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298 winter

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298 winter

  1. 1. Internet Archaeology: a study in links, levels and layers Judith Winters Editor Internet Archaeology http://intarch.ac.uk
  2. 2. Archaeological publishing1900-1950Publication seen as an integral part of archaeological excavation1960s and 1970sShift from exhaustive to selective publication. Primary record is archiverather than the publicationTodayGreat variation in publication policy across the disciplineGreater integration between description and interpretation
  3. 3. Internet Archaeology• issue 1 published in 1996• peer-reviewed content• international - no chronological restrictions• no print equivalent• text, data, images, VRML, QTVR, SVG, video, sound,• archived by Archaeology Data Service
  4. 4. http://ads.ahds.ac.uk/
  5. 5. Journal background1995 - 3 year grant from eLib programme1998 - grant extension2000 - subscriptions (institutional and individual),publication subventions, advertising2007 – JISC ‘Open Access’ agreement for UKHigher and Further Education institutions
  6. 6. Enriching archaeology• 21st century archaeology is ‘born digital’• a like-minded medium• data• addresses concerns about dissemination and multi- vocality• facilitates the opening up of our work and our interpretations to critical inquiry, immediately and on a global scale
  7. 7. The Development of the Clay Tobacco Pipe Kiln in the British Isles. Issue 1
  8. 8. The Development of the Clay Tobacco Pipe Kiln in the British Isles. Issue 1
  9. 9. The Ave Valley Survey, Northern Portugal. Issue 9
  10. 10. Anglian and Anglo-Scandinavian Cottam: linking digital publication and archive. Issue 10
  11. 11. The LEAP project• Linking Electronic Archives and Publicationshttp://ads.ahds.ac.uk/project/leap/• Funded by the Arts and Humanities ResearchCouncil (AHRC) under the ICT StrategyProgramme• To investigate ways in which electronicpublication can provide broad access to researchfindings and make underlying data available in sucha way so that readers are enabled to drill downseamlessly into online archives to testinterpretations and develop their own
  12. 12. Changing Settlements and Landscapes: Medieval Whittlewood, its Predecessors and Successors. Issue 19
  13. 13. Joining the Dots: Continuous Survey, Routine Practice and the Interpretation of a Cypriot Landscape. Issue 20
  14. 14. Silchester Roman Town Insula IX: The Development of an Urban Property c. AD 40-50 - c. AD 250
  15. 15. The landscapes of Islamic Merv, Turkmenistan. Issue 25
  16. 16. Features• allows users to explore the links between interpretation andunderlying data through a variety of interfaces (maps, plans)• article still interprets the site in the light of the originalresearch agenda and ‘tells a story’• data is made available and linked to the interpretation so thatusers can examine the assumptions upon which theinterpretations rest• multiple pathways through the text into and out of archive
  17. 17. Preservation issuesDigital data is fragile• no changes post-publication• hardware and software changes• ongoing maintenance (migration) of content (especially databases/GIS)• formats (web standards) - prioritises content rather than presentationShared infrastructure with ADS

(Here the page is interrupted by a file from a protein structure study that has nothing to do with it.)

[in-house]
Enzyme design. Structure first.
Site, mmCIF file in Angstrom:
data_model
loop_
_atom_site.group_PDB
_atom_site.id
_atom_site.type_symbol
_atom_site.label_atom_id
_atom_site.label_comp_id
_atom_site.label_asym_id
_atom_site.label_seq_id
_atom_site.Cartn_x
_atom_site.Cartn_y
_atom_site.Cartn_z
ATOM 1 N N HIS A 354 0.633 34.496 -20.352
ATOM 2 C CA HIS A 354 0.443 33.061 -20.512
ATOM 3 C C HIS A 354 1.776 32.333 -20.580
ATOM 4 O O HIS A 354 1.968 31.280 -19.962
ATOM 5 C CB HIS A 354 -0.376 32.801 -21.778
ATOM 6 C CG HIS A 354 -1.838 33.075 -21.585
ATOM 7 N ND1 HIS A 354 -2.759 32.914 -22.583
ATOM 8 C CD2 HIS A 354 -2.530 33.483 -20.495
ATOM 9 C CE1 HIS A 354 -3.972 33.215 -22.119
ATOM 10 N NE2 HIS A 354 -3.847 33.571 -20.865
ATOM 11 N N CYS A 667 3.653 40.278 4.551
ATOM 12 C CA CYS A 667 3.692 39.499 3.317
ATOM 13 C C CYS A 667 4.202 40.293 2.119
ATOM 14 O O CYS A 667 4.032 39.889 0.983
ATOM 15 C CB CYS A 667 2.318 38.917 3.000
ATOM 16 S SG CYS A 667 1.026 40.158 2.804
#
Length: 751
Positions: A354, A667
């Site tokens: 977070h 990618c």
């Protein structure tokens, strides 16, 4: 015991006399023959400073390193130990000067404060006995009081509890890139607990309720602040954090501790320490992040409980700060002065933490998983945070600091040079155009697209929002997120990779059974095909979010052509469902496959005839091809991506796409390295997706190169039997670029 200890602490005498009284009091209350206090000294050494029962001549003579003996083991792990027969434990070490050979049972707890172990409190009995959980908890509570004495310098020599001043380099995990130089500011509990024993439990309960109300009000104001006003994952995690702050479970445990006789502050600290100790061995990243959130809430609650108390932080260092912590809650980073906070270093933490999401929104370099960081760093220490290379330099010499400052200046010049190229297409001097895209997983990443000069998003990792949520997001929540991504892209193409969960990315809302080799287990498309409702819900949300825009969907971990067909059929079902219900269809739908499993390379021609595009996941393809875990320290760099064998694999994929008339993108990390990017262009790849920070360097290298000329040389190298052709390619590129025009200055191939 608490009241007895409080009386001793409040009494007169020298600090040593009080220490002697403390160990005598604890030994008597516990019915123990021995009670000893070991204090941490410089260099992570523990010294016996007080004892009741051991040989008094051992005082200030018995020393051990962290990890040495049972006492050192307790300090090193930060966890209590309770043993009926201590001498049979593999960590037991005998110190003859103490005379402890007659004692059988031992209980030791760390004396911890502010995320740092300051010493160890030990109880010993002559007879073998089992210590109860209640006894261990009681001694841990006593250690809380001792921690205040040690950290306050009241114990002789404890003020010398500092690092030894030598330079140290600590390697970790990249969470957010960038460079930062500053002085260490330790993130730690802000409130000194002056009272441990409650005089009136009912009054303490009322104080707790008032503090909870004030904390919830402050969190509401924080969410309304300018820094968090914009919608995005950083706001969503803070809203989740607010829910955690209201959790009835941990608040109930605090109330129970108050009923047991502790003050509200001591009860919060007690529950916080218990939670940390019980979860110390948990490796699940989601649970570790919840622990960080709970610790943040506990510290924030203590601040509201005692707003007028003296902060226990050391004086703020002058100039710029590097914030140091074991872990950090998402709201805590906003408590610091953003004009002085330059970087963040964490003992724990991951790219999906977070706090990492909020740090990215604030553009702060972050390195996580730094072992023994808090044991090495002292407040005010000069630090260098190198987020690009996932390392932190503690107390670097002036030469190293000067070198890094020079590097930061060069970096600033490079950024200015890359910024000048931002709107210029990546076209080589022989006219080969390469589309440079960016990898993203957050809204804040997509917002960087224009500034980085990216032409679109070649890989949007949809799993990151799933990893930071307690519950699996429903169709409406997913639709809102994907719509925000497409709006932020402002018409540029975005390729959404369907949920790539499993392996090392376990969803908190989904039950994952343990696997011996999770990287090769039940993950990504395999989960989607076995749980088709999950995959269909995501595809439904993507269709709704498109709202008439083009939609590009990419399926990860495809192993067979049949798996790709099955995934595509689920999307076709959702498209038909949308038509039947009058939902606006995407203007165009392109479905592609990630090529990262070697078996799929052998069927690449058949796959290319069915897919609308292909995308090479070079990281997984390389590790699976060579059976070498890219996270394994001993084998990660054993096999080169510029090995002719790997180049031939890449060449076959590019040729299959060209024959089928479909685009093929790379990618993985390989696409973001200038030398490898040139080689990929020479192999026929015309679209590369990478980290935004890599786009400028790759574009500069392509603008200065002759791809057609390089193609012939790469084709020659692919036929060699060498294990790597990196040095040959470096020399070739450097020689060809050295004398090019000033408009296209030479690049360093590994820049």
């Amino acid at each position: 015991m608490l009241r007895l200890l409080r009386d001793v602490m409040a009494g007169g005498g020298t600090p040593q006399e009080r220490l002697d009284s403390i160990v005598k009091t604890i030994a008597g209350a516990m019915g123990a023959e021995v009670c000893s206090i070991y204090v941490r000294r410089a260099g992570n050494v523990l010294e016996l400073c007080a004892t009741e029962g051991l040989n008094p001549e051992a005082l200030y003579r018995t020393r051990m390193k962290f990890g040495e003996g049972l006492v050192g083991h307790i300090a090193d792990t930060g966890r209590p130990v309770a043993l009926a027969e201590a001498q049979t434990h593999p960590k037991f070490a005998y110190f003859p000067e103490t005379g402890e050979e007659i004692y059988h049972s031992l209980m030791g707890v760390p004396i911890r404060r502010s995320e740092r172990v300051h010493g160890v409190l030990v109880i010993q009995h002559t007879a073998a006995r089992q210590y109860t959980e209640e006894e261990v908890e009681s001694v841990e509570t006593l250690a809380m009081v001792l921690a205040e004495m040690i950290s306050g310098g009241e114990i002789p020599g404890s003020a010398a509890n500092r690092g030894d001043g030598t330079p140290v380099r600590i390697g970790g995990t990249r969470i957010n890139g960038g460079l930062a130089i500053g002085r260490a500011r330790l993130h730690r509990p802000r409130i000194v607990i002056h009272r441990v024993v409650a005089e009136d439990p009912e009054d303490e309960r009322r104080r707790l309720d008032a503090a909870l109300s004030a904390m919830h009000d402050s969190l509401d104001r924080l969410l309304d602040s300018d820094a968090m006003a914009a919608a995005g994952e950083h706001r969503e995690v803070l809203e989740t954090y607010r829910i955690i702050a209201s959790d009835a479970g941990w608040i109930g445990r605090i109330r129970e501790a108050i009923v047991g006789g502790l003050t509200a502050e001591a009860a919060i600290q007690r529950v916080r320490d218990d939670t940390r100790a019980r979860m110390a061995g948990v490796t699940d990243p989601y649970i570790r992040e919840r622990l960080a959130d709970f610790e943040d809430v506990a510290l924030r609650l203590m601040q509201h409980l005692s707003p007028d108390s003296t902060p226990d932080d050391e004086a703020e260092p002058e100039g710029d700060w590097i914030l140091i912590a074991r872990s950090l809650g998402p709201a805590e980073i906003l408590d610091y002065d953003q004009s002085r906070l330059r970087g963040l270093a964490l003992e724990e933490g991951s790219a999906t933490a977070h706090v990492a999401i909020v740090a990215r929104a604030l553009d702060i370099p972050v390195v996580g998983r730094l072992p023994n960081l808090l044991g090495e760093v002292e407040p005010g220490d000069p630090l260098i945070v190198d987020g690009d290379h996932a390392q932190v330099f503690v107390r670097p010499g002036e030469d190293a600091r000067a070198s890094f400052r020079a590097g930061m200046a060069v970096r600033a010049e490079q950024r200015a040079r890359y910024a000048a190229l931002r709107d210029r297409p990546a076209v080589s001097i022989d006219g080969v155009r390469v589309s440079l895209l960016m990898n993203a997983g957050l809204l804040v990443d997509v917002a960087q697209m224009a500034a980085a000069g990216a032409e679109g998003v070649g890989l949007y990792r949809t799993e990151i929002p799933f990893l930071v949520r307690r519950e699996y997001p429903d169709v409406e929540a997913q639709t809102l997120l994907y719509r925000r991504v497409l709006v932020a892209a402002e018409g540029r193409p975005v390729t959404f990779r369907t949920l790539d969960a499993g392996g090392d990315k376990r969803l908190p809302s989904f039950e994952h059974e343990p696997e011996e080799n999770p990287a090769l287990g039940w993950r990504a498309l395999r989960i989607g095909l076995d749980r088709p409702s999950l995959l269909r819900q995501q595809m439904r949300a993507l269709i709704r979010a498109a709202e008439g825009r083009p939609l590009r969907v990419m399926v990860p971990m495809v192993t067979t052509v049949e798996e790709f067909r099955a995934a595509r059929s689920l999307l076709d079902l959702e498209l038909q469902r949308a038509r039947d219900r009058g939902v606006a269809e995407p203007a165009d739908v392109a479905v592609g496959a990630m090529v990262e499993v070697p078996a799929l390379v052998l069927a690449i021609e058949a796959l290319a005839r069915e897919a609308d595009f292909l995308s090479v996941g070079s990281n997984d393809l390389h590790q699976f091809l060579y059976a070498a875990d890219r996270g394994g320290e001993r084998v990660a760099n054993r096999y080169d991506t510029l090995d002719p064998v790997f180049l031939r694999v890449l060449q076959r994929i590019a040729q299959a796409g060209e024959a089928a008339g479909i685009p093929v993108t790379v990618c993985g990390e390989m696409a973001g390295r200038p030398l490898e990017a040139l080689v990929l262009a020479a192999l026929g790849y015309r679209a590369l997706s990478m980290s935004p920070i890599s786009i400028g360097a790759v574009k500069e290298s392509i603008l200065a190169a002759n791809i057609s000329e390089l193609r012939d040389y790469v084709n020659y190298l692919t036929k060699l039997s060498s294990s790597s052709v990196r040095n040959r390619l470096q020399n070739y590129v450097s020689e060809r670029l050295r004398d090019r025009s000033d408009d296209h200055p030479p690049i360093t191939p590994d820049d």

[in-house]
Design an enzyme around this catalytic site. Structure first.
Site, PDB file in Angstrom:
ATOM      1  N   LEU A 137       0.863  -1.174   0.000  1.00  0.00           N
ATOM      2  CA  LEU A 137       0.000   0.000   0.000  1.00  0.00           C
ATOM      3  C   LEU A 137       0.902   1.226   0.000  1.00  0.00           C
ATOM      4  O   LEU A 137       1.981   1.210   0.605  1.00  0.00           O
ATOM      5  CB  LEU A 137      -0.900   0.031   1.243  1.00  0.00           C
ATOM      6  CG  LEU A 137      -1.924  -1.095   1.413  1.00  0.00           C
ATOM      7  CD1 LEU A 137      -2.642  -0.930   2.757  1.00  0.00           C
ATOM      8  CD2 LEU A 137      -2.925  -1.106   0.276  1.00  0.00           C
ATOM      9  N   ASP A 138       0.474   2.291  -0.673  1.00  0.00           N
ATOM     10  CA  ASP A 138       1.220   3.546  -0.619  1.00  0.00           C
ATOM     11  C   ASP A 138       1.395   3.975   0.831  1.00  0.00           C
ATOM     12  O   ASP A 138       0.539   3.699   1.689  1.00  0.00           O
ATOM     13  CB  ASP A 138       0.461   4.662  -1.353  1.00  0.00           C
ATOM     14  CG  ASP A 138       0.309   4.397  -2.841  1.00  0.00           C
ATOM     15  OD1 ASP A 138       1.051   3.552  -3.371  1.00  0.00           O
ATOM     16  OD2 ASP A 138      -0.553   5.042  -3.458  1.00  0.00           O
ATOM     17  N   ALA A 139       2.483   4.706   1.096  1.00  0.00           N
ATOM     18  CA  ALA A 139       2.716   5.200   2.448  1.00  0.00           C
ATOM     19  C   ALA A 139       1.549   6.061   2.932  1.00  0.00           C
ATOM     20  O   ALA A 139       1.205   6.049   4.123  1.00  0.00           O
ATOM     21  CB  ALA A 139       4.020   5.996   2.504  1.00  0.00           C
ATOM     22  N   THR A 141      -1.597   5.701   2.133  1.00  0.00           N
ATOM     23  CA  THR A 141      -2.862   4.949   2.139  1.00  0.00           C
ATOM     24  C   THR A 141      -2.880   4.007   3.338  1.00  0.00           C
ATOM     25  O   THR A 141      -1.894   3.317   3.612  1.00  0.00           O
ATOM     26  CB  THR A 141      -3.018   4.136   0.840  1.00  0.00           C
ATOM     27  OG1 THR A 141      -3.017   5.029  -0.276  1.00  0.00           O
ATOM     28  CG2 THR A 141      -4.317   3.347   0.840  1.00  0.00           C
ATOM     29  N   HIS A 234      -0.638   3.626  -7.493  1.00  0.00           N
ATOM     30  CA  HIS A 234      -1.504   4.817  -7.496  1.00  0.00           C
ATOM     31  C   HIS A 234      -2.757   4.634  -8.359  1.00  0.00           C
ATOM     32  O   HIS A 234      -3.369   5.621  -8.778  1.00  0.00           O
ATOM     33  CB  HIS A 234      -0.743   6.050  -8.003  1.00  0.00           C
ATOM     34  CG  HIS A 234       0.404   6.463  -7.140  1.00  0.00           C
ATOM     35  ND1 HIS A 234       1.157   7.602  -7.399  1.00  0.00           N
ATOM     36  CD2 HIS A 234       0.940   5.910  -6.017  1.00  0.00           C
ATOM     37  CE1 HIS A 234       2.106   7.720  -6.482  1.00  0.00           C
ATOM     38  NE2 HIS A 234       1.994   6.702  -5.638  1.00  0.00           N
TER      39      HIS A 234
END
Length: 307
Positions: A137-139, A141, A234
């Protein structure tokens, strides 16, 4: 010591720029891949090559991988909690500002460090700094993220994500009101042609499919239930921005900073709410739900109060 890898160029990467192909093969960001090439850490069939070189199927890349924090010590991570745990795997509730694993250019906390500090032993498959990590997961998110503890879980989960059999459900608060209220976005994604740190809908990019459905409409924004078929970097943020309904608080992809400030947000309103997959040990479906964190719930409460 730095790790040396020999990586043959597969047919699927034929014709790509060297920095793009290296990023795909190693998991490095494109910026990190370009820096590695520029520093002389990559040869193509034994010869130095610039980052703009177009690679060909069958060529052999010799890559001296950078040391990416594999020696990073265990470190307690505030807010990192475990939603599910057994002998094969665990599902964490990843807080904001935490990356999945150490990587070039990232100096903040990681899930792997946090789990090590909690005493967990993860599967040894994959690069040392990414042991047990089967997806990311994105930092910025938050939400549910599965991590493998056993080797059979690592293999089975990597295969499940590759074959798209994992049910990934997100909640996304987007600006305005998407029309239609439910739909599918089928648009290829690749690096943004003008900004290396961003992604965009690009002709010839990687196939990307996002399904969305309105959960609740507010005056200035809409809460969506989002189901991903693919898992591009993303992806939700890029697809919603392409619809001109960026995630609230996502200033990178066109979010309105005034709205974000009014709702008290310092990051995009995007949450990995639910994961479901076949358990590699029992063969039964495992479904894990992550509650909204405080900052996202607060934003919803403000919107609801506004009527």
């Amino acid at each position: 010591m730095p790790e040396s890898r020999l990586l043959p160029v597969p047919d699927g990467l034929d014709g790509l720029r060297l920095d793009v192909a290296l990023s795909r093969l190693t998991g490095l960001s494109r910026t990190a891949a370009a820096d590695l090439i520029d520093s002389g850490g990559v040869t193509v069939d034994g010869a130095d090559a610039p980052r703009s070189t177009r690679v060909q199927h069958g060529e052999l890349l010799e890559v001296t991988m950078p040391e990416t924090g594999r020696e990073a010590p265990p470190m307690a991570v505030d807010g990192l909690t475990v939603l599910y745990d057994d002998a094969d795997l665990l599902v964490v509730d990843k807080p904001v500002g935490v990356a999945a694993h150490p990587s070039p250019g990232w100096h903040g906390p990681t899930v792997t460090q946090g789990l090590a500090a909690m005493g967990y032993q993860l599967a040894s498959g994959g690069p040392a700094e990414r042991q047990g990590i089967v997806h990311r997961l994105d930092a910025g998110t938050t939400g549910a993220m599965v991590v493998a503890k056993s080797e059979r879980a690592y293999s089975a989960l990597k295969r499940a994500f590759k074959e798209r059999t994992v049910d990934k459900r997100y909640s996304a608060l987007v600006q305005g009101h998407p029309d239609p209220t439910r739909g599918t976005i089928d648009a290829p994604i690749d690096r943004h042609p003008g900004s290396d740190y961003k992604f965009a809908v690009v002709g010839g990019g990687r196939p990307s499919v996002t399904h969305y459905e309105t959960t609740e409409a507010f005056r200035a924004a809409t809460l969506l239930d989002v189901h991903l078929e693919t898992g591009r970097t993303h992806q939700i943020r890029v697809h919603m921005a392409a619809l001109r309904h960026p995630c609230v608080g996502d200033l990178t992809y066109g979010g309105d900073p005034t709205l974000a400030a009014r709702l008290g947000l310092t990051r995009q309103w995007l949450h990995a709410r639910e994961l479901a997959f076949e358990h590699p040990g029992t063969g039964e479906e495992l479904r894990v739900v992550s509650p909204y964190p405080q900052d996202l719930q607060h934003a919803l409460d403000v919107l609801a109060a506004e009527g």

18. 18. Production issues• flexible, responsive approach – rights, commissioning content, keeping options open, no rigid template• appropriate standards - interoperability and longevity, standard file formats, metadata, storage media and delivery systems
  19. 19. Dialogue• increased editorial contact results in a flexible final publication.• authors have a greater say in the editing and presentation.
  20. 20. Engagement• authors – more connected to their data - “I had to come off the fence and say what I thought it all really meant” – scrutiny of data during editorial process• readers – ability to respond (discussion list and articles) – potential of drawing other conclusions. More ‘active’ users of data.• data rich – complements authorship
  21. 21. Structure• provides the reader with different levels of information• information no longer split across several publications
  22. 22. – integrated e-publications are based on interaction, hypertext linking, navigation, search, and connections to other online resources. Capabilities that allow for much more powerful user experiences than a linear flow of text.
  23. 23. – integrated e-publications are more than‘literate’ oral’ characteristics are re-introduced -immediacy, eliminate distance, extra-textual content, social relationships no longer just imparting informationbut allows greater capacity for individualparticipation and interaction.
  24. 24. Impact on archaeological researchElectronic publication is shaping how projectsdevelop - what we photograph, how we record inthe field, what we record and to what level of detail,what we excavate...
  25. 25. Implications• boundaries are blurred• integrating text with data, evidence with interpretation: creates a new dialectic• explicit interrogation - an active, ‘used’ and visible archive• shifts publication back towards data• affects archaeological practice and the narratives we create
  26. 26. The future• Subscriptions• Subventions• Delivery technologies• Widening profile - collaboration• Extending LEAP model
  27. 27. Internet Archaeology: a study in links, levels and layers Judith Winters Editor Internet Archaeology http://intarch.ac.uk editor@intarch.ac.uk

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